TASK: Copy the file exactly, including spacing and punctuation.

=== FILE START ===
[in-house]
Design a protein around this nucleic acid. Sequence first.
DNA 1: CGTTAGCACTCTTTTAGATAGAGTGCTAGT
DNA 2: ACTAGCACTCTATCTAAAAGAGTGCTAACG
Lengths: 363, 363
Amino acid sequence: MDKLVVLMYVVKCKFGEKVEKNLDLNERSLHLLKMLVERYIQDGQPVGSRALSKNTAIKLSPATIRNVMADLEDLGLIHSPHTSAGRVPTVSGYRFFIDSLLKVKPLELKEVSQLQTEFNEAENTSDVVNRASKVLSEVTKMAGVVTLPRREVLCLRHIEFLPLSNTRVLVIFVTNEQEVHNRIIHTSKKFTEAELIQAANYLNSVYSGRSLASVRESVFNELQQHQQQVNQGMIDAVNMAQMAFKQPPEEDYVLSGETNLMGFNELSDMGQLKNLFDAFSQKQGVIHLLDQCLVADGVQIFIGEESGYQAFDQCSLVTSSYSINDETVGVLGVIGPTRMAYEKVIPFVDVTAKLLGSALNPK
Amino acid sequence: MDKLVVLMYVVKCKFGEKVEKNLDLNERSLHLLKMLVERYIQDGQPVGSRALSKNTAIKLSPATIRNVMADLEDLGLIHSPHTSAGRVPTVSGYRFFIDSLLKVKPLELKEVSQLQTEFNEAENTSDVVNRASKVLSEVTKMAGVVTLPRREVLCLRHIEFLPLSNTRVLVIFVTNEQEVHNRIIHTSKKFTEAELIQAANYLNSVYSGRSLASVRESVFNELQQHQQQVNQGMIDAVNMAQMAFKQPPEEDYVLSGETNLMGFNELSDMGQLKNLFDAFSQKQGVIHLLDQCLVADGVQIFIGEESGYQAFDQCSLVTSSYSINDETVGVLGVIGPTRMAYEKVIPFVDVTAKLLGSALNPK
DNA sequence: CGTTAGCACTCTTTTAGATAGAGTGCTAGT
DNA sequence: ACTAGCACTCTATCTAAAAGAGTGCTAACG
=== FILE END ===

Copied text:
[in-house]
Design a protein around this nucleic acid. Sequence first.
DNA 1: CGTTAGCACTCTTTTAGATAGAGTGCTAGT
DNA 2: ACTAGCACTCTATCTAAAAGAGTGCTAACG
Lengths: 363, 363
Amino acid sequence: MDKLVVLMYVVKCKFGEKVEKNLDLNERSLHLLKMLVERYIQDGQPVGSRALSKNTAIKLSPATIRNVMADLEDLGLIHSPHTSAGRVPTVSGYRFFIDSLLKVKPLELKEVSQLQTEFNEAENTSDVVNRASKVLSEVTKMAGVVTLPRREVLCLRHIEFLPLSNTRVLVIFVTNEQEVHNRIIHTSKKFTEAELIQAANYLNSVYSGRSLASVRESVFNELQQHQQQVNQGMIDAVNMAQMAFKQPPEEDYVLSGETNLMGFNELSDMGQLKNLFDAFSQKQGVIHLLDQCLVADGVQIFIGEESGYQAFDQCSLVTSSYSINDETVGVLGVIGPTRMAYEKVIPFVDVTAKLLGSALNPK
Amino acid sequence: MDKLVVLMYVVKCKFGEKVEKNLDLNERSLHLLKMLVERYIQDGQPVGSRALSKNTAIKLSPATIRNVMADLEDLGLIHSPHTSAGRVPTVSGYRFFIDSLLKVKPLELKEVSQLQTEFNEAENTSDVVNRASKVLSEVTKMAGVVTLPRREVLCLRHIEFLPLSNTRVLVIFVTNEQEVHNRIIHTSKKFTEAELIQAANYLNSVYSGRSLASVRESVFNELQQHQQQVNQGMIDAVNMAQMAFKQPPEEDYVLSGETNLMGFNELSDMGQLKNLFDAFSQKQGVIHLLDQCLVADGVQIFIGEESGYQAFDQCSLVTSSYSINDETVGVLGVIGPTRMAYEKVIPFVDVTAKLLGSALNPK
DNA sequence: CGTTAGCACTCTTTTAGATAGAGTGCTAGT
DNA sequence: ACTAGCACTCTATCTAAAAGAGTGCTAACG